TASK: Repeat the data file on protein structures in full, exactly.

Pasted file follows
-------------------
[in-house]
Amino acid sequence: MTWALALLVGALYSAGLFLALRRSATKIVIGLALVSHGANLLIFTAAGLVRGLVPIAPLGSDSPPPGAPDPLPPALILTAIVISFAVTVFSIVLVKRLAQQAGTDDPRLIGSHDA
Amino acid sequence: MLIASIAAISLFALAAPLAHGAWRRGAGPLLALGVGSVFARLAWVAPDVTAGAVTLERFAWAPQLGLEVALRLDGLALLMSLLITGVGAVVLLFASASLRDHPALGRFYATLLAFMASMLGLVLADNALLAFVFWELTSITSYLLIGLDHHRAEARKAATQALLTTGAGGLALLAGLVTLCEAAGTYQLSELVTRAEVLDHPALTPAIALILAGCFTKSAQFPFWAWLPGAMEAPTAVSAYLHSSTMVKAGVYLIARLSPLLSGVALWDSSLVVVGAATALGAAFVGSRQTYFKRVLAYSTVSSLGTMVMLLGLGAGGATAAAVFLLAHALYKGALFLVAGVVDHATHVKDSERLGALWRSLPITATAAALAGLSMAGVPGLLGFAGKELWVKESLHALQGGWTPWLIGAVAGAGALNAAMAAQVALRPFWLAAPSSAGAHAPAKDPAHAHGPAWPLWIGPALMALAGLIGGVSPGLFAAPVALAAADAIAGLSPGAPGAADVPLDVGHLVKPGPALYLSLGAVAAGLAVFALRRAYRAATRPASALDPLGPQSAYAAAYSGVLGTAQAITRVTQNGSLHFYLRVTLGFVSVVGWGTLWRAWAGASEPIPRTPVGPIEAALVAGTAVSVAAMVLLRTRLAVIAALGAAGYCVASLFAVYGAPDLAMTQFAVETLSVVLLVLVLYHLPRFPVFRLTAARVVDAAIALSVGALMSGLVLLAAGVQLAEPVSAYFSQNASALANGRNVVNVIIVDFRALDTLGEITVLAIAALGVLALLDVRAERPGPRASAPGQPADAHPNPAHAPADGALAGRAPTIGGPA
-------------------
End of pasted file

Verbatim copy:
[in-house]
Amino acid sequence: MTWALALLVGALYSAGLFLALRRSATKIVIGLALVSHGANLLIFTAAGLVRGLVPIAPLGSDSPPPGAPDPLPPALILTAIVISFAVTVFSIVLVKRLAQQAGTDDPRLIGSHDA
Amino acid sequence: MLIASIAAISLFALAAPLAHGAWRRGAGPLLALGVGSVFARLAWVAPDVTAGAVTLERFAWAPQLGLEVALRLDGLALLMSLLITGVGAVVLLFASASLRDHPALGRFYATLLAFMASMLGLVLADNALLAFVFWELTSITSYLLIGLDHHRAEARKAATQALLTTGAGGLALLAGLVTLCEAAGTYQLSELVTRAEVLDHPALTPAIALILAGCFTKSAQFPFWAWLPGAMEAPTAVSAYLHSSTMVKAGVYLIARLSPLLSGVALWDSSLVVVGAATALGAAFVGSRQTYFKRVLAYSTVSSLGTMVMLLGLGAGGATAAAVFLLAHALYKGALFLVAGVVDHATHVKDSERLGALWRSLPITATAAALAGLSMAGVPGLLGFAGKELWVKESLHALQGGWTPWLIGAVAGAGALNAAMAAQVALRPFWLAAPSSAGAHAPAKDPAHAHGPAWPLWIGPALMALAGLIGGVSPGLFAAPVALAAADAIAGLSPGAPGAADVPLDVGHLVKPGPALYLSLGAVAAGLAVFALRRAYRAATRPASALDPLGPQSAYAAAYSGVLGTAQAITRVTQNGSLHFYLRVTLGFVSVVGWGTLWRAWAGASEPIPRTPVGPIEAALVAGTAVSVAAMVLLRTRLAVIAALGAAGYCVASLFAVYGAPDLAMTQFAVETLSVVLLVLVLYHLPRFPVFRLTAARVVDAAIALSVGALMSGLVLLAAGVQLAEPVSAYFSQNASALANGRNVVNVIIVDFRALDTLGEITVLAIAALGVLALLDVRAERPGPRASAPGQPADAHPNPAHAPADGALAGRAPTIGGPA